Urgently trying to improve relations with the United States, the Saudi Arabian government has been promoting a scholarship program that has more than doubled the number of Saudi enrollments at American colleges and universities since last year. The program, aimed in part at reducing widespread hostility in the Saudi public toward the United States, has reversed a steady plunge in Saudi students that started immediately after the Sept. 11, 2001, terror attacks. The Saudi government offered 5,000 students full four-year scholarships, complete with living allowances.
NEWS
By New York Times | April 9, 1991
WASHINGTON -- After sustained lobbying from the Saudi Arabian Embassy, the Bush administration has asked a federal appeals court to reverse a ruling that allows the Saudi government to be sued in the United States for the reported torture of an American.In taking the unusual step, the administration contends that an important national interest exists in reversing the ruling -- to prevent foreign governments from retaliating by allowing American officials to be sued in their courts.A three-judge panel ruled unanimously Feb. 21 that Scott J. Nelson of Raleigh, N.C., could bring suit against the Saudi government for what he says was a severe beating during his imprisonment in 1984.
NEWS
By James Bock and James Bock,Staff Writer | May 20, 1993
A Maryland-based arm of the Saudi health ministry that buy supplies for that country's royal hospital may not claim sovereign immunity in fighting a sex discrimination complaint, an administrative law judge has ruled.Royspec Purchasing Services, an agency of the Saudi government based near Baltimore-Washington International Airport, argued in a March hearing that it was immune from the complaint brought by the Maryland Human Relations Commission.A former Royspec purchasing agent, Marian Heymann of Pasadena, charged in 1987 that sex bias by her employer forced her to quit a $40,000-a-year job after six years with the agency.
NEWS
By Lyle Denniston and Lyle Denniston,Washington Bureau | March 24, 1993
WASHINGTON -- An American who worked overseas for the Saudi Arabian government cannot complain in U.S. courts about being jailed there on trumped-up charges and tortured by security police, the Supreme Court ruled 8-1 yesterday.In a separate decision with potentially broad sweep, the court ruled 5-4 yesterday that children without parents or a guardian who are picked up by law enforcement officers have no constitutional right to be let out of a government detention facility, even if they are not accused of a crime.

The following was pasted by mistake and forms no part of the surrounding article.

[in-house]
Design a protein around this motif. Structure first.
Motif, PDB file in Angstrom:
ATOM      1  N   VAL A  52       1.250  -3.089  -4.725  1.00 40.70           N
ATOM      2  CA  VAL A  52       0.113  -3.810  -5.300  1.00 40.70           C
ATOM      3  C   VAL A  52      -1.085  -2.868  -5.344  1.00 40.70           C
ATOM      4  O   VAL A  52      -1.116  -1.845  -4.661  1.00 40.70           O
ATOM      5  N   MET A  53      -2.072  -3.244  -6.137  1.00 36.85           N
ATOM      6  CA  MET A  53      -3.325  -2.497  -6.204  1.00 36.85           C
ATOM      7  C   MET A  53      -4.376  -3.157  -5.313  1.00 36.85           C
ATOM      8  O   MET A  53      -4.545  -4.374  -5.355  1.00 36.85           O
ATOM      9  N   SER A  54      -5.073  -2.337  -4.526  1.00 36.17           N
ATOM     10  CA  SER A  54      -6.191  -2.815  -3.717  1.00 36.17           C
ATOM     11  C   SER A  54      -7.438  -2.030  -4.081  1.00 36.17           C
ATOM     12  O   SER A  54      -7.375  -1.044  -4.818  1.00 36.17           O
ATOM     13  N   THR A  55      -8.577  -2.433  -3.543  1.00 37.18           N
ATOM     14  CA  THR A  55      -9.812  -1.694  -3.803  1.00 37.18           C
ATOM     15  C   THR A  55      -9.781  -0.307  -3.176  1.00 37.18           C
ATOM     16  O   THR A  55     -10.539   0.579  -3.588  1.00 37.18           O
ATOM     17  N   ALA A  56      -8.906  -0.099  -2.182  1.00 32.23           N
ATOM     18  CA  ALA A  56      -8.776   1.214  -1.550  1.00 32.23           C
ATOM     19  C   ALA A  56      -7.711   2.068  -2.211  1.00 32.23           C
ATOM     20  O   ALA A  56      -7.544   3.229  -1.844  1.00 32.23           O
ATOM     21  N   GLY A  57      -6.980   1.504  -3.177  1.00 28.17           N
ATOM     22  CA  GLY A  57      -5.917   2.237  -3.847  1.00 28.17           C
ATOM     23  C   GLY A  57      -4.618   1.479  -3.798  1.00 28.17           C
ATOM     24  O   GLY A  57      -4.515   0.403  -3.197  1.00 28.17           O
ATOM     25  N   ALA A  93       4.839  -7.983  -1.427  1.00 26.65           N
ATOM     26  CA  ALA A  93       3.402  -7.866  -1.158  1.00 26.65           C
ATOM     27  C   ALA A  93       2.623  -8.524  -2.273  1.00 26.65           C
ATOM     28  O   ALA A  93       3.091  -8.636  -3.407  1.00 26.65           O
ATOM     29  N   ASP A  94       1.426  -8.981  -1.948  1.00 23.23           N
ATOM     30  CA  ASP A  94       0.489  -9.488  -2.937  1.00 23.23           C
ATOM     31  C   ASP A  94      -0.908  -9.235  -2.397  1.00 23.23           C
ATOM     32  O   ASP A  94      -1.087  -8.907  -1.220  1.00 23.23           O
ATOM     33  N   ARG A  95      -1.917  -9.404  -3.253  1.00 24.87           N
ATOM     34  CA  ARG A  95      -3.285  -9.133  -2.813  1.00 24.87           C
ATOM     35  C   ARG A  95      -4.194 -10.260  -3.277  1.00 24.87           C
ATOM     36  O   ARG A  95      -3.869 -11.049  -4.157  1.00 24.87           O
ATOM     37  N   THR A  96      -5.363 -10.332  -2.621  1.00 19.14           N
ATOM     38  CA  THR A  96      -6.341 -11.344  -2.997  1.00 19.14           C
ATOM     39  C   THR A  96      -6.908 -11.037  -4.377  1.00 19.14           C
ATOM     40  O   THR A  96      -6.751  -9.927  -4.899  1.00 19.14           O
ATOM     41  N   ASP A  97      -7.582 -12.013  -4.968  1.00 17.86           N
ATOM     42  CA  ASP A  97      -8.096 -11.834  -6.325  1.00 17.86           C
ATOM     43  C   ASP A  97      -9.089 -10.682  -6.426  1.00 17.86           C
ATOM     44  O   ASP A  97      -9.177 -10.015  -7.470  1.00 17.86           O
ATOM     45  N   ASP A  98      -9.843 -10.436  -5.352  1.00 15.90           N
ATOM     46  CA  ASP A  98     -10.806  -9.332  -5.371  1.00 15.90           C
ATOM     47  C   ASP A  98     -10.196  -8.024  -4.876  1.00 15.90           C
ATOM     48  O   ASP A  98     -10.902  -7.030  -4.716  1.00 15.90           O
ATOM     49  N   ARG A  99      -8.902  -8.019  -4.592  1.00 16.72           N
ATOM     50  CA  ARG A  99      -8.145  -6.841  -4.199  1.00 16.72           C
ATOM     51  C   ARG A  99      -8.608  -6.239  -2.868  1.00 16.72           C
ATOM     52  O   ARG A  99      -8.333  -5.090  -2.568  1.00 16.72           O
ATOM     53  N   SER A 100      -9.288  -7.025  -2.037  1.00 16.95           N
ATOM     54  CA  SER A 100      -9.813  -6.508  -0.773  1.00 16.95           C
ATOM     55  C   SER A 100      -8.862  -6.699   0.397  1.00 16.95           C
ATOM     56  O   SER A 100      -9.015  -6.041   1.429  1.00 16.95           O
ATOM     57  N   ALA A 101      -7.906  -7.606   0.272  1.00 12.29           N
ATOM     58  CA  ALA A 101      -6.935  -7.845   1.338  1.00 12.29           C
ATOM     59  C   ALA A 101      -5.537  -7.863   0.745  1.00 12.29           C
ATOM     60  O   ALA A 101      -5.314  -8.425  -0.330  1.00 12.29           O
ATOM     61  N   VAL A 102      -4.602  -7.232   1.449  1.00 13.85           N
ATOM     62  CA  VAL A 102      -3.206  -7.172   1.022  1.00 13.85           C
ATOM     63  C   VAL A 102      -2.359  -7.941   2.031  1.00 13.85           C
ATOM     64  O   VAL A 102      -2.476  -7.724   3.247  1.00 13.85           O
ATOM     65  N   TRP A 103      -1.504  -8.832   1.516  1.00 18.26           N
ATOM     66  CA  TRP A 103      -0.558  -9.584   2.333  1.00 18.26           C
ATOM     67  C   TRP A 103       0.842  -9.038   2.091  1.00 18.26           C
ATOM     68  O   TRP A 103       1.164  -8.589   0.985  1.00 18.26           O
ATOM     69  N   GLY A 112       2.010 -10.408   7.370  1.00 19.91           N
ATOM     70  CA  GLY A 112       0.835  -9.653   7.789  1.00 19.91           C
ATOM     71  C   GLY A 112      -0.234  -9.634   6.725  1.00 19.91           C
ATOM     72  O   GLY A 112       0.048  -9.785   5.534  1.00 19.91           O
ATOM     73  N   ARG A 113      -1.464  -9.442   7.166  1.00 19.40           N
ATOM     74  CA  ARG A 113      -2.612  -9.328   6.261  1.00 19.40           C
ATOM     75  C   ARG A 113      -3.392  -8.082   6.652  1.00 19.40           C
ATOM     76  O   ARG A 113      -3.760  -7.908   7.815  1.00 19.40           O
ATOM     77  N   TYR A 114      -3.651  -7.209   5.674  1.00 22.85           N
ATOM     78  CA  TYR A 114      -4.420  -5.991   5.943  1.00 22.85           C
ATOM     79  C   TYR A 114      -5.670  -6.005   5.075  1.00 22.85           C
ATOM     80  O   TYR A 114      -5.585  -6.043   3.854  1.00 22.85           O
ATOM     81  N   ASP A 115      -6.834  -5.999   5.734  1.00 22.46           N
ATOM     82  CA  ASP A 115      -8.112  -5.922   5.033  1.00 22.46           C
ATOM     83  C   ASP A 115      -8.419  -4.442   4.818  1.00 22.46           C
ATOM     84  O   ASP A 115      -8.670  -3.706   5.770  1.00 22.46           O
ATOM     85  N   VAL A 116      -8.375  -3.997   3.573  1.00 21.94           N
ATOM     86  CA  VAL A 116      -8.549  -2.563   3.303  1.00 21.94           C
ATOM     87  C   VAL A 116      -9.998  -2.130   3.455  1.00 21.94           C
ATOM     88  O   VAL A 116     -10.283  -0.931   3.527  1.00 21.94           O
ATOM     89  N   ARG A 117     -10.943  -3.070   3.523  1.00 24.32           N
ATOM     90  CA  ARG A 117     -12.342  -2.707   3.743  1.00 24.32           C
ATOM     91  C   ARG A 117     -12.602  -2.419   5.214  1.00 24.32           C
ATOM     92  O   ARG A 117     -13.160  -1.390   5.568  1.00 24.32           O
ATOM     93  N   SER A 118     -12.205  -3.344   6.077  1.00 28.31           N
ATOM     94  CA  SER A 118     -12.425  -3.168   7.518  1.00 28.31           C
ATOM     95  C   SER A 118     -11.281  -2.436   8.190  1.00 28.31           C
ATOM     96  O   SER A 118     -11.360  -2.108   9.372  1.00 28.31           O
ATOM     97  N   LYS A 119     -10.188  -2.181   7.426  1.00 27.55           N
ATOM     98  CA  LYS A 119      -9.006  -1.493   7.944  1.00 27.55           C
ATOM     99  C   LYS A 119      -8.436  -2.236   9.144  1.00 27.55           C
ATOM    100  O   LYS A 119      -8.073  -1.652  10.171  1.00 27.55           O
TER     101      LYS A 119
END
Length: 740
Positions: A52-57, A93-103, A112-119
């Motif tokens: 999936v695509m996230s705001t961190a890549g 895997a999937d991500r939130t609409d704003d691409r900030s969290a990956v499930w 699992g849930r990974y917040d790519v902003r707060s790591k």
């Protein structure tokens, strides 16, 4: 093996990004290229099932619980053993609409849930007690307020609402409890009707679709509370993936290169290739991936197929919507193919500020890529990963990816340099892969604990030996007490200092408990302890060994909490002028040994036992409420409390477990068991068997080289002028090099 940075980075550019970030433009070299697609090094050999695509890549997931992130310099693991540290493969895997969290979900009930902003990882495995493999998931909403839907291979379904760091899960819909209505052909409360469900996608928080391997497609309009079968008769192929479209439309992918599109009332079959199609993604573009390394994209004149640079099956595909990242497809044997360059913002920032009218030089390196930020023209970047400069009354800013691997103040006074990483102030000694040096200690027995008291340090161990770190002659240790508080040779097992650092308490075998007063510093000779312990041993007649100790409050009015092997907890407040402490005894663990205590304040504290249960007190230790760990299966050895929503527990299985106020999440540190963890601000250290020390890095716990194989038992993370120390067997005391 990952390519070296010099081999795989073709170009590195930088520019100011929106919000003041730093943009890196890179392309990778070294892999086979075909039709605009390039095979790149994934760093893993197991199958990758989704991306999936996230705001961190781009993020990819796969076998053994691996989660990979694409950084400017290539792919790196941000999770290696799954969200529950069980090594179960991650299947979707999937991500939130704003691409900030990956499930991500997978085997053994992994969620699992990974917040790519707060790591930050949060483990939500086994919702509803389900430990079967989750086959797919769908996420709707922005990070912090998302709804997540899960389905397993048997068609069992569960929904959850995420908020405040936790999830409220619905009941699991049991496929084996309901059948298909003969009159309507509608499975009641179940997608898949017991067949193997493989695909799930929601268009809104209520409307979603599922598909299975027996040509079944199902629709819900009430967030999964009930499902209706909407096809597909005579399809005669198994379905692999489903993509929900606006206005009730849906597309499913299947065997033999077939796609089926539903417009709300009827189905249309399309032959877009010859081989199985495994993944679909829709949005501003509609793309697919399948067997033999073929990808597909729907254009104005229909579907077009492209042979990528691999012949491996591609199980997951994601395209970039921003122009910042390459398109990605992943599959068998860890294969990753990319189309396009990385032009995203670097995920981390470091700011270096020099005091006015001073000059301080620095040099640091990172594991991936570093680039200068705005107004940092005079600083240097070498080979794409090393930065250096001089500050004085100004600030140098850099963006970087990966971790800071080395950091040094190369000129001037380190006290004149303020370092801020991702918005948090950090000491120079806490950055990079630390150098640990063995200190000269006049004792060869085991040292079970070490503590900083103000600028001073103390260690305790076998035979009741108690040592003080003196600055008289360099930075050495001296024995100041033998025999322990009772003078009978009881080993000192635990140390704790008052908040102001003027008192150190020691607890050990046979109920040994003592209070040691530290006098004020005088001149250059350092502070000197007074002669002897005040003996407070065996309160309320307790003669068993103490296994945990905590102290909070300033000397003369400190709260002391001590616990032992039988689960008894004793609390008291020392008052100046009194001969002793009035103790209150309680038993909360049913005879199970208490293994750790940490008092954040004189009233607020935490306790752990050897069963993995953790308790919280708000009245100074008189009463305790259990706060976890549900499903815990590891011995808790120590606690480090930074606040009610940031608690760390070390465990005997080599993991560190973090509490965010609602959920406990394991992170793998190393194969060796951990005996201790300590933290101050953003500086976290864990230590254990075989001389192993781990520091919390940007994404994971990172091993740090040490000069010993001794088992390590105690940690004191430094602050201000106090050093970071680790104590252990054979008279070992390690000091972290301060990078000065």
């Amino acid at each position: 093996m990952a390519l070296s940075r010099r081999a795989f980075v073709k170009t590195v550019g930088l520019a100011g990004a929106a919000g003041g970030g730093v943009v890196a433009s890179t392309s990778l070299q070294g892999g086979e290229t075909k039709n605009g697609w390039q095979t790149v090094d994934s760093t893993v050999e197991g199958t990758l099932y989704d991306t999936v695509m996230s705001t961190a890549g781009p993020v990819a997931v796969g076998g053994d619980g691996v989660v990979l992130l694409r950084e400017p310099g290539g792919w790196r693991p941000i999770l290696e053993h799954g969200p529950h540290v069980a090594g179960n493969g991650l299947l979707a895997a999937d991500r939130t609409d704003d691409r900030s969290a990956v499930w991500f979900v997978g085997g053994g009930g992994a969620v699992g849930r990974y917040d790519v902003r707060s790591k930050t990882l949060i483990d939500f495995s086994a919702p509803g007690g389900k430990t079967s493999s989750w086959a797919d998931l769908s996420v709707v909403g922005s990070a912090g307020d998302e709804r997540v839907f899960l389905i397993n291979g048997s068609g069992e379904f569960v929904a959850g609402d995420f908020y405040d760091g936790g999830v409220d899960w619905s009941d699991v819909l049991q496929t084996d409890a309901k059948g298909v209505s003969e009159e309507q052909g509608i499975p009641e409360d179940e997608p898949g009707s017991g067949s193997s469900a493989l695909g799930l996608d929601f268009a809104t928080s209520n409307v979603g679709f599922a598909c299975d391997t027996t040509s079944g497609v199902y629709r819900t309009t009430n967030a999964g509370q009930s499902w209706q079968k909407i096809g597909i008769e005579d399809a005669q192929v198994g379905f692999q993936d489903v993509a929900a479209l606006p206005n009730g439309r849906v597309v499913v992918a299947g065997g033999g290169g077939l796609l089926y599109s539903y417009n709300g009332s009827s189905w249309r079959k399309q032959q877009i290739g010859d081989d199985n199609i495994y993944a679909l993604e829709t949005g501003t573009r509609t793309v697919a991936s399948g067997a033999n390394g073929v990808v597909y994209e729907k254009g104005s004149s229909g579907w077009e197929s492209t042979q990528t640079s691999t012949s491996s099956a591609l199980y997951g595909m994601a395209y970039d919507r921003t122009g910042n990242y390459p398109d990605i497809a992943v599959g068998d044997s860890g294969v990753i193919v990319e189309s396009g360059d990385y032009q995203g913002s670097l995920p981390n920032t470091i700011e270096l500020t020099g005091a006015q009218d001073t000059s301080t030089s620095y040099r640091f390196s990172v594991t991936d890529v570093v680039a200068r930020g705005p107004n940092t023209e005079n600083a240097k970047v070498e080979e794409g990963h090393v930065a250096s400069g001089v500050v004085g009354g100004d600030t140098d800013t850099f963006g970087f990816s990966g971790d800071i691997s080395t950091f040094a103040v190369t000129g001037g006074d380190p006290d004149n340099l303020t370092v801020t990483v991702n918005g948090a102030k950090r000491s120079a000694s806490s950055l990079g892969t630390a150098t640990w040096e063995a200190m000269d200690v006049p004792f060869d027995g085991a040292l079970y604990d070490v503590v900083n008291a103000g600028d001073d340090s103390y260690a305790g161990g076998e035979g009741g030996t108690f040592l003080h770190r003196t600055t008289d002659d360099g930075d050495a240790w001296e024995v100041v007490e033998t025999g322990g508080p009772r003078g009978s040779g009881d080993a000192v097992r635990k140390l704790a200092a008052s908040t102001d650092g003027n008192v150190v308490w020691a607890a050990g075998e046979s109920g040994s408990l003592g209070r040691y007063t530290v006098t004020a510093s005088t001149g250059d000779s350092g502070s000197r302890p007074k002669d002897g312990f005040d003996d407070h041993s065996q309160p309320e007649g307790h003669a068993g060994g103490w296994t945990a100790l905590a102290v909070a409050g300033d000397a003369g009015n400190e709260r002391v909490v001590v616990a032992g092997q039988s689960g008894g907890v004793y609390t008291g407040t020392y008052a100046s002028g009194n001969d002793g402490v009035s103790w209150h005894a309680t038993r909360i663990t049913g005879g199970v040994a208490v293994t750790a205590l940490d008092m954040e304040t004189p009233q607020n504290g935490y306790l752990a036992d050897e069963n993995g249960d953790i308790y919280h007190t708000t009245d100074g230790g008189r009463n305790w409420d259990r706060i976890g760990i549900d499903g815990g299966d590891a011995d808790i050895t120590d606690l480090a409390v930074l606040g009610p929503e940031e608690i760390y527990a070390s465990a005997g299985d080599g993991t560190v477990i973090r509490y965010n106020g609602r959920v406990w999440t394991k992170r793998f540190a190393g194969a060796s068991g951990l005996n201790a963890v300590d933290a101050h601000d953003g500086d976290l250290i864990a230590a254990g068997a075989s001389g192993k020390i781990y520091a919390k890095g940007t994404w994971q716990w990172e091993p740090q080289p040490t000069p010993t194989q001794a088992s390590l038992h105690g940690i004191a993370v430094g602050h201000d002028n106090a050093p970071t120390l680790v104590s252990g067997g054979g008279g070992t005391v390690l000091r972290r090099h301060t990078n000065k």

NEWS
By Frederick N. Rasmussen, The Baltimore Sun | December 4, 2012
Paul B. Moore, a former Evening Sun reporter and editor who later became a public relations executive, died Nov. 27 from complications of prostate cancer at his Homeland residence. He was 84. "Paul was a very conscientious reporter and a very conscientious person. He was very talented and what he did, he did well," said Helen Delich Bentley, a former newsroom colleague who later became a congresswoman and federal maritime commissioner. "As a reporter, he was always fair, and wherever he went always looked for something interesting and challenging," said Mrs. Bentley.
NEWS
Ron Smith | October 13, 2011
Do you feel another war coming our way? Say, with Iran? This week's announcement by Attorney General Eric Holder of the foiling of an alleged plot to blow up the Saudi ambassador to the United States while he dined in a Washington restaurant has been seized upon by the usual media suspects as an "Iranian terrorist plot" and more than enough reason to further tighten the screws on Tehran. A 56-year-old American citizen, Manssor Arbabsiar, who also holds an Iranian passport, was arrested and charged along with another man, still living in Iran, who is said to be a member of the Quds force, an "elite" unit of the Iranian army reportedly tasked with "exporting Iran's Islamic revolution.
NEWS
October 12, 2011
The bizarre plot federal law enforcement officials described Tuesday in which elements of the Iranian government are accused of trying to blow up Saudi Arabia's ambassador to the U.S. with explosives planted in a Washington restaurant sounds like something out of a spy novel. FBI Director Robert S. Mueller III acknowledged as much at the news conference announcing the arrest of one of the alleged conspirators. Yet if true, the charges represent an unprecedented and intolerable provocation by a regime long known for exporting terrorism, and they demand the strongest possible response - short of direct military action - from the U.S. and the international community.
NEWS